Has Chemotherapy Treatment Gone to the Dogs?
By Gabriella Sfilig oi, DVM, DACVIM (Oncology)
Wheat Ridge Animal Hospital
Over the past few decades, the quality of medical care for dogs has consistently improved, which has resulted in pets living longer and health ier lives. Unfortunately, as more pets reach older age, the diagnosis of cancer has also become more common. It has been estimated that ap proximately 10 percent of dogs in the US will be di agnosed with cancer each year. Thankfully, new ad vances in veterinary cancer treatments, paralleling those in the human field, are being made. Many canine cancers diagnosed today are treatable or even curable with ap propriate therapy. Treatment options for pets with cancer can include surgery, radiation therapy, and chemotherapy. A combination of therapies may be re quired to achieve the best results.
Many pet owners are surprised to learn that chemotherapy is a treatment op tion for animals. Most people have pre-conceived notions of what chemo therapy treatment is like due to a past experience with a person in their life. However, chemotherapy in dogs is very different than chemotherapy treatment in humans. The reason for this is simple: the goals are different.
In general, veterinary oncologists be lieve that preserving an excellent quality of life should always be the top priority when making cancer treatment recom mendations. Because pets cannot con sent to their treatment, it would be unfair to subject pets to treatments with severe side-effects. In order to accom plish this goal, pets on chemotherapy are often treated relatively less aggres sively than humans with the same dis ease. Other goals of therapy will vary based on the disease being treated and the level of spread at the time of diag nosis. For example, goals for treatment may include achieving a clinical remis sion (no detectable cancer in the body), slowing cancer progression, preventing cancer spread, or improving patient comfort. Typically, dogs tolerate che motherapy very well.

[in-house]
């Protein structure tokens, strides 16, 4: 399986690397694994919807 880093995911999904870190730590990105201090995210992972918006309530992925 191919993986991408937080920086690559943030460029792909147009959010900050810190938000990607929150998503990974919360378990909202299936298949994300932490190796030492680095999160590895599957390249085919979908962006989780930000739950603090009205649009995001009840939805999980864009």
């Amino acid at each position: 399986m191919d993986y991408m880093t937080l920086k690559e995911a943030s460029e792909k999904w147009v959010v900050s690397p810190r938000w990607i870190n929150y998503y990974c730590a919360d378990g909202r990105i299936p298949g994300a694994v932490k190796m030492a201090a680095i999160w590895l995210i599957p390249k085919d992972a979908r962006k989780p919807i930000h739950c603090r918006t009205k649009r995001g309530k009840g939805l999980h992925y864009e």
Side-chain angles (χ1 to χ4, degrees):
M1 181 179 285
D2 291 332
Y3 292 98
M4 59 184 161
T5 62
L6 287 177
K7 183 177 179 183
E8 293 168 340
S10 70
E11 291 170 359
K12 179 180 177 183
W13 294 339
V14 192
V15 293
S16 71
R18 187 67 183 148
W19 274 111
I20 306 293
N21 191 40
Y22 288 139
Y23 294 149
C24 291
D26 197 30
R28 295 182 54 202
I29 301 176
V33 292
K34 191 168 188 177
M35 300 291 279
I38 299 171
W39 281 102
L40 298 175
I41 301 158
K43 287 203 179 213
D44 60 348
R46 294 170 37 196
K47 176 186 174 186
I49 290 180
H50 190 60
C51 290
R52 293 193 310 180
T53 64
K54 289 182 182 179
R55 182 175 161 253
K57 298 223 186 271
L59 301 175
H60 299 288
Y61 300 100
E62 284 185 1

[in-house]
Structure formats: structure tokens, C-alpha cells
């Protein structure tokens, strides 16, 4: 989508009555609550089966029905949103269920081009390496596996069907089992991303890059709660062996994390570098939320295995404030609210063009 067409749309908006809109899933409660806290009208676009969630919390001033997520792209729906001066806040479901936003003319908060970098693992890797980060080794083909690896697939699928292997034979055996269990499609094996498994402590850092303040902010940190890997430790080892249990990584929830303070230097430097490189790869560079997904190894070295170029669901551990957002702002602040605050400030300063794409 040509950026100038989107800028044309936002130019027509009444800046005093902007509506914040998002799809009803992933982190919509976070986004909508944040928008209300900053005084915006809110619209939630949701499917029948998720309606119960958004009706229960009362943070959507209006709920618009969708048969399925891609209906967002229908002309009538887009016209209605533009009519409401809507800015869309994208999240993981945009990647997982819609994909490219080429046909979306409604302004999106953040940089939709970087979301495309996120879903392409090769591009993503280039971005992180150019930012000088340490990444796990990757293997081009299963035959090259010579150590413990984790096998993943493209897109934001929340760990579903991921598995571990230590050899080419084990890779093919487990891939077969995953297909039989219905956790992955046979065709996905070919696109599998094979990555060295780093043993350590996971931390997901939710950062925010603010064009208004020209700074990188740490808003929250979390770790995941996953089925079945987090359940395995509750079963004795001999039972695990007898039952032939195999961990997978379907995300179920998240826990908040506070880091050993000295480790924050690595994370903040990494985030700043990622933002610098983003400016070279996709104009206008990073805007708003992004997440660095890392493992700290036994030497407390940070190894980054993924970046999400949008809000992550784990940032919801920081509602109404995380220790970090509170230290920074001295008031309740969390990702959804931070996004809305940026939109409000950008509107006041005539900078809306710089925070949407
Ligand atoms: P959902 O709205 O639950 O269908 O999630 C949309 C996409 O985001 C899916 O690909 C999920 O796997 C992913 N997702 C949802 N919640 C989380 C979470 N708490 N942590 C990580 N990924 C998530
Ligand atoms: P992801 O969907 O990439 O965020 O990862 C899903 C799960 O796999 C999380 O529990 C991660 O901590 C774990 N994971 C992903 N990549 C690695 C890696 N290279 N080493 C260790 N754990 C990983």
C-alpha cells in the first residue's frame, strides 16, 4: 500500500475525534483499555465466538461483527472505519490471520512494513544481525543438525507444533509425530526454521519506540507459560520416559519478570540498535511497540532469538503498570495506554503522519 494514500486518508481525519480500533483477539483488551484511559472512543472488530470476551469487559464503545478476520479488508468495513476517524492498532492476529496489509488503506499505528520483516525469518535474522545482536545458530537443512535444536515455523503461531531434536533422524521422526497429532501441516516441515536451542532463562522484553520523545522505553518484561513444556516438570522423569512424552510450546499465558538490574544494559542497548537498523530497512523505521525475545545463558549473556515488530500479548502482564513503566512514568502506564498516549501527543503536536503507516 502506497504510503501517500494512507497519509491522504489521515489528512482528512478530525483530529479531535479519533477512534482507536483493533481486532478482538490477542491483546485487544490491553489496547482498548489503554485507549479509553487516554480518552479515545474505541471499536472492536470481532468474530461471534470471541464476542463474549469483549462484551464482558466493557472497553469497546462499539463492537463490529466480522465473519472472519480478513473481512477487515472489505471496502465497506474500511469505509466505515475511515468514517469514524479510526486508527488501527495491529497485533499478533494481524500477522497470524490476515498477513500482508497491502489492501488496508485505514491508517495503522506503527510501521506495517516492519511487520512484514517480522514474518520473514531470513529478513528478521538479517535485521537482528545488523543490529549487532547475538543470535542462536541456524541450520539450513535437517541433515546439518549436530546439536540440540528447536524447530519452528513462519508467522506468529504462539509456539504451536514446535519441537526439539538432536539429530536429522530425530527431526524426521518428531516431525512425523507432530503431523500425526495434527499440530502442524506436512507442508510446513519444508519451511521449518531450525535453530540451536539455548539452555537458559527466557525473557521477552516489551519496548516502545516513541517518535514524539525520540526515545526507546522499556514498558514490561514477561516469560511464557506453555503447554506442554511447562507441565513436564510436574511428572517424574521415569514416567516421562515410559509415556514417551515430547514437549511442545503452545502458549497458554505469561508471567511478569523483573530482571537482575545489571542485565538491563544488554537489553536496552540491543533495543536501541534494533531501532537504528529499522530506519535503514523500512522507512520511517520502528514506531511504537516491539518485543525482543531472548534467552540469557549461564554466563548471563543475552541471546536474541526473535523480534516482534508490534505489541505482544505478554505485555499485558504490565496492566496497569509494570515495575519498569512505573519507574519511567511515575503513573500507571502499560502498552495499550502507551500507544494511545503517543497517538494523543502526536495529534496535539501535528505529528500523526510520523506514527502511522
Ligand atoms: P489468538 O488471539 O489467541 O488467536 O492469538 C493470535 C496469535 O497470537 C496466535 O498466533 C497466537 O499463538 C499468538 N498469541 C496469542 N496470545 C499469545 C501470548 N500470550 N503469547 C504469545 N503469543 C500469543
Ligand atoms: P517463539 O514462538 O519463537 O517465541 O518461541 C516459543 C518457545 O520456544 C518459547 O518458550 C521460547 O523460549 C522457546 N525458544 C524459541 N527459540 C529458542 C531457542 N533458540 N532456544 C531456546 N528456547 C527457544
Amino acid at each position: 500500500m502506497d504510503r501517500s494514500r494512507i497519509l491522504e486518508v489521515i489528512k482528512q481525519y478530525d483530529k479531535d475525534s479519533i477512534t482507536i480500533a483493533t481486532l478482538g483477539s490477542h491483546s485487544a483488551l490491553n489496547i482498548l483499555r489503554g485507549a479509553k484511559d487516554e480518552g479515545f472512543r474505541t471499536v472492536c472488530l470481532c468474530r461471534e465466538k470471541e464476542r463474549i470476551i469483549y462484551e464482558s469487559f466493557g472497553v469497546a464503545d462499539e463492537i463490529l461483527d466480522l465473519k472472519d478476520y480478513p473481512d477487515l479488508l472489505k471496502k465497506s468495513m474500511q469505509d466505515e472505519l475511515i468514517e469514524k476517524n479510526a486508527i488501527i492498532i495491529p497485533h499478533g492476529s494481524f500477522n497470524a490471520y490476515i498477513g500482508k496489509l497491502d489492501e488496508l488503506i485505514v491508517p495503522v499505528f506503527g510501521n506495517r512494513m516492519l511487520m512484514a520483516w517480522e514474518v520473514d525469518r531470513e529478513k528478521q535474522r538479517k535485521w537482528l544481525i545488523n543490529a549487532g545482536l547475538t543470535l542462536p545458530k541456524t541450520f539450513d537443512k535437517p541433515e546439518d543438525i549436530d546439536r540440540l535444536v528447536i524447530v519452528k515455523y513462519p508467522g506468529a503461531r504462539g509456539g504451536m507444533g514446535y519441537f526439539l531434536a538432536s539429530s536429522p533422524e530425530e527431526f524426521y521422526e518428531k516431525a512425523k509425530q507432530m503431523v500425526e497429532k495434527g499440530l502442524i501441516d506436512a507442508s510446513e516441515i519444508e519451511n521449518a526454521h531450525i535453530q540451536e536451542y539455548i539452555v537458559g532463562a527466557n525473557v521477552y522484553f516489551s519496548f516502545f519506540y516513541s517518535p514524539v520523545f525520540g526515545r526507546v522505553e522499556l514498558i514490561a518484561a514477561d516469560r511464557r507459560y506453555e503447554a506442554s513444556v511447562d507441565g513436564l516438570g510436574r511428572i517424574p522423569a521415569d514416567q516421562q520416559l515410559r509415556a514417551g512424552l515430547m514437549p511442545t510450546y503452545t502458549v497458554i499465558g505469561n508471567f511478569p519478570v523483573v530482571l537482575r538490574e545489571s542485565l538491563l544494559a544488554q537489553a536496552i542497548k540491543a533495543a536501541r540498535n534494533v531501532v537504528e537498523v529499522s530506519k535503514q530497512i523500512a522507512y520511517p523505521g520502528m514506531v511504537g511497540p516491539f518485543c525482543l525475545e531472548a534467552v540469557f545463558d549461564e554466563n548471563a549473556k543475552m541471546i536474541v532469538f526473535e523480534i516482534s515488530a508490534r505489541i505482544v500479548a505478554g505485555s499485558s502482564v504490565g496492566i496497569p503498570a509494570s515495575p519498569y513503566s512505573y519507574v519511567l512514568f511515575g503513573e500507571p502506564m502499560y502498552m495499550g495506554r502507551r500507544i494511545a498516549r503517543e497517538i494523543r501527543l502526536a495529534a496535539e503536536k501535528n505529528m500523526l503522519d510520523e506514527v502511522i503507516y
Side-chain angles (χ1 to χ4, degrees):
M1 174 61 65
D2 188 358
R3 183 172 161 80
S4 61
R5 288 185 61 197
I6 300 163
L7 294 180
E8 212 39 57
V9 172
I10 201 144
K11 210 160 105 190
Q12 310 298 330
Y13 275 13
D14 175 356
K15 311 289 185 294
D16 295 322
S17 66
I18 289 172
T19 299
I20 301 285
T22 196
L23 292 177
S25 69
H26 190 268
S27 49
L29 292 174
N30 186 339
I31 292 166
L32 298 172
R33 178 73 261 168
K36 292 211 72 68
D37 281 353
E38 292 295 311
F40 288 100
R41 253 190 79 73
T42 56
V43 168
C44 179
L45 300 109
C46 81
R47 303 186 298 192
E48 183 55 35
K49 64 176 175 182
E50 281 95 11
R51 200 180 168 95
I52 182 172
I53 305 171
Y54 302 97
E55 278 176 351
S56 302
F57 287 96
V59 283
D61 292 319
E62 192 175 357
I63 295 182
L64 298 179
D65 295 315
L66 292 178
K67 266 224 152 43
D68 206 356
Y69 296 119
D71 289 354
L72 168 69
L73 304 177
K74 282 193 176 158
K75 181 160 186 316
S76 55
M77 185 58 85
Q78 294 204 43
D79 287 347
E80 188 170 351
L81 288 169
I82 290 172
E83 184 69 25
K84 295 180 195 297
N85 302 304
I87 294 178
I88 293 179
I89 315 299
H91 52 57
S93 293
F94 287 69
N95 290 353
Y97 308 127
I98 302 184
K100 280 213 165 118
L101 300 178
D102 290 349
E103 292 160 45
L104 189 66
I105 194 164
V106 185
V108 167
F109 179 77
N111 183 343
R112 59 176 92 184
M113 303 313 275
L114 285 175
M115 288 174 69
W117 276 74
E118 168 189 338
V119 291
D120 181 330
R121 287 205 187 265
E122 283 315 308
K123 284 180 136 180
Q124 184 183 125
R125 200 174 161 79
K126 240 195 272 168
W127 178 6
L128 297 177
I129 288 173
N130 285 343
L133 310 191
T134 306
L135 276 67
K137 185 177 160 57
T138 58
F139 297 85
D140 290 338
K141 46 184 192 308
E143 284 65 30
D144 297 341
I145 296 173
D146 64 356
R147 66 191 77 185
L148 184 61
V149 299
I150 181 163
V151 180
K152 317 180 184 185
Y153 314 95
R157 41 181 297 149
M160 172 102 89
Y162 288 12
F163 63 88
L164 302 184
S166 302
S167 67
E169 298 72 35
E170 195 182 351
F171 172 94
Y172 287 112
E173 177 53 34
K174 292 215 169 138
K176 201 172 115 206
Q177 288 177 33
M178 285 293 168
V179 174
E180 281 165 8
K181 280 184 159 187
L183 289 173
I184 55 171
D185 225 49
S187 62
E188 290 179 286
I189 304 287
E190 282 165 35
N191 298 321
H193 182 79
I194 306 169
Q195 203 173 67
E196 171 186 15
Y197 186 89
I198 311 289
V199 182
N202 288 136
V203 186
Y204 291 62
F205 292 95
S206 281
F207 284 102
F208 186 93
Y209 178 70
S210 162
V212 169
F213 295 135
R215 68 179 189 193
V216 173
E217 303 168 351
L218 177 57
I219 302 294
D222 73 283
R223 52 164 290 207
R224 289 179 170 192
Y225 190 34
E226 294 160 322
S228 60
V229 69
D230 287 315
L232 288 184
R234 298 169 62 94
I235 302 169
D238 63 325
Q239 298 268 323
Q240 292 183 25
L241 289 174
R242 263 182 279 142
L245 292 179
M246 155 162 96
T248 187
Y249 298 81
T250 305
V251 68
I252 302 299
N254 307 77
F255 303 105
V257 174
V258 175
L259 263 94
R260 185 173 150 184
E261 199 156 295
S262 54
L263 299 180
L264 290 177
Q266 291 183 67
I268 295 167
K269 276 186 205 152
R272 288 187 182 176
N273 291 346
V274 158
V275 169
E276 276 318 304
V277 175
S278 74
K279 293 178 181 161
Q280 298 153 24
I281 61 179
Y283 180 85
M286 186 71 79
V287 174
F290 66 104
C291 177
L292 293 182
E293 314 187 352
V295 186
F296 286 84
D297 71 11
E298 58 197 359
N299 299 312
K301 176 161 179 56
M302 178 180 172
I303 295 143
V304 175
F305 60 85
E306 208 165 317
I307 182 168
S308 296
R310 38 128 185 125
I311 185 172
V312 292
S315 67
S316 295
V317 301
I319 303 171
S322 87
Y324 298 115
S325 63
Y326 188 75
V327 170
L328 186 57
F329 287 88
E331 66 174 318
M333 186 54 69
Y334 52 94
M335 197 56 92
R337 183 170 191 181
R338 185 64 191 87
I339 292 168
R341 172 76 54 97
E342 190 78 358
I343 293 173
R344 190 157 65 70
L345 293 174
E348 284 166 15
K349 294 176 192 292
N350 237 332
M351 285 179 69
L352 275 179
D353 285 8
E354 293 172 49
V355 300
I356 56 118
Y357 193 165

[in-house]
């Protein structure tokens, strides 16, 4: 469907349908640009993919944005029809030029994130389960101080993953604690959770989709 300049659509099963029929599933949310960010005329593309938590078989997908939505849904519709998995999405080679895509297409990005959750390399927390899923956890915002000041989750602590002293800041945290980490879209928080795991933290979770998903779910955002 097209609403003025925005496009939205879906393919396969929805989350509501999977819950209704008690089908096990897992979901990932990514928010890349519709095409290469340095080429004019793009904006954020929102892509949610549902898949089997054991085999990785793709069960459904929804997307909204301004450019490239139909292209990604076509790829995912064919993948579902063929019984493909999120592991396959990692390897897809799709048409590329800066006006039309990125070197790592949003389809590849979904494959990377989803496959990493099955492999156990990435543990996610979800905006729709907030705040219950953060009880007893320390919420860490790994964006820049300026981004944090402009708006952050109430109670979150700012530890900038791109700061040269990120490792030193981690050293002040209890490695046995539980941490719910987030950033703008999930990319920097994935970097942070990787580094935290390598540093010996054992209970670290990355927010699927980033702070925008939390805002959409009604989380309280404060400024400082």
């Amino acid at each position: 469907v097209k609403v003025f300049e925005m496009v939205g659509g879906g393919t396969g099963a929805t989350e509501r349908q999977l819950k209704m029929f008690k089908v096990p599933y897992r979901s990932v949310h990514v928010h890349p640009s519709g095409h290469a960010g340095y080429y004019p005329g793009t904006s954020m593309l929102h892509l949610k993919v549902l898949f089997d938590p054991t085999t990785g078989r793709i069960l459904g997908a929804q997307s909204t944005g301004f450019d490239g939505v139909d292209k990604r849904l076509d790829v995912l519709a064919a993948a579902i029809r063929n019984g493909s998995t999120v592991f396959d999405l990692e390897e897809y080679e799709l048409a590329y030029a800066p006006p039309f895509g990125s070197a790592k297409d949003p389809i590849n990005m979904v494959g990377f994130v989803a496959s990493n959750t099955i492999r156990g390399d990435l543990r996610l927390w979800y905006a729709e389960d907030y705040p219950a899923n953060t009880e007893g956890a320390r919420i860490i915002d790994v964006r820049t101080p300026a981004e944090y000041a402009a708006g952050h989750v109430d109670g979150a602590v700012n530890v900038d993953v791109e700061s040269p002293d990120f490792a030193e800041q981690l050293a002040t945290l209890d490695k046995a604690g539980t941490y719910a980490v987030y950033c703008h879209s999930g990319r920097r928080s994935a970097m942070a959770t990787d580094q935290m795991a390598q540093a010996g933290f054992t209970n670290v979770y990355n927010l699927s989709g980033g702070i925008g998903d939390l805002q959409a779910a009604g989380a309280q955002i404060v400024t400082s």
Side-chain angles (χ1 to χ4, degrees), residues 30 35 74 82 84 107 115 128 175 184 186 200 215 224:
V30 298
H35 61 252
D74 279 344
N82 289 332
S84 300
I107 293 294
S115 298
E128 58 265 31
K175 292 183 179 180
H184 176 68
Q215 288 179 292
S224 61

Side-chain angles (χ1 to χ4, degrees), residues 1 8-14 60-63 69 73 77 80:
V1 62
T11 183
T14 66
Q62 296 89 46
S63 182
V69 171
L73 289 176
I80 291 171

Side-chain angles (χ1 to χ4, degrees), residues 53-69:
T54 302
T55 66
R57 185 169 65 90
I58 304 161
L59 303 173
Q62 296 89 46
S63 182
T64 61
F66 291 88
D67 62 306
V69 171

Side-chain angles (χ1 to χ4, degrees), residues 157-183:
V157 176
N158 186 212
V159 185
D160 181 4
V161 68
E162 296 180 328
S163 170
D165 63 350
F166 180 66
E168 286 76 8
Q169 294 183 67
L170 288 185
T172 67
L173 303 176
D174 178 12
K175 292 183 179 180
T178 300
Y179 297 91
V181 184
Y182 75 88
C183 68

Of course, no treatment in medicine can be guaranteed to be free of side ef fects. Chemotherapy consists of admin istering medications that attack rapidly dividing cells, including both cancerous and normal cells like white blood cells, cells of the intestines, and sometimes hair follicles. Although uncommon, side effects such as stomach upset or infec tion are seen in some patients. Hair loss from chemotherapy is much less com mon in dogs than in humans. Dogs may lose their whiskers and hair regrowth over previously shaved areas will often be slow, but other loss is usually minimal. Dogs with continuously growing hair, such as Poodles, may experience variable degrees of hair loss with treatment. Overall, less than five percent of dogs on chemotherapy will experience side effects serious enough to warrant hospitalization. Most pets have a good quality of life during treatment with little alteration in their daily routines.
No pet owner wants to hear a diagnosis of cancer. However, with new treatment options there is reason to be hopeful. Become your pet's advocate and learn all that you can about the diagnosis and your pet's particular situation. A wide variety of treatment options may be available and there is no one right or wrong way to treat a particular dis ease. It is important to be informed and to keep an open mind with respect to treatment options, like chemotherapy. With the help of your veterinarian or veterinary oncologist, treatments like chemotherapy may help your pet live a longer happier life.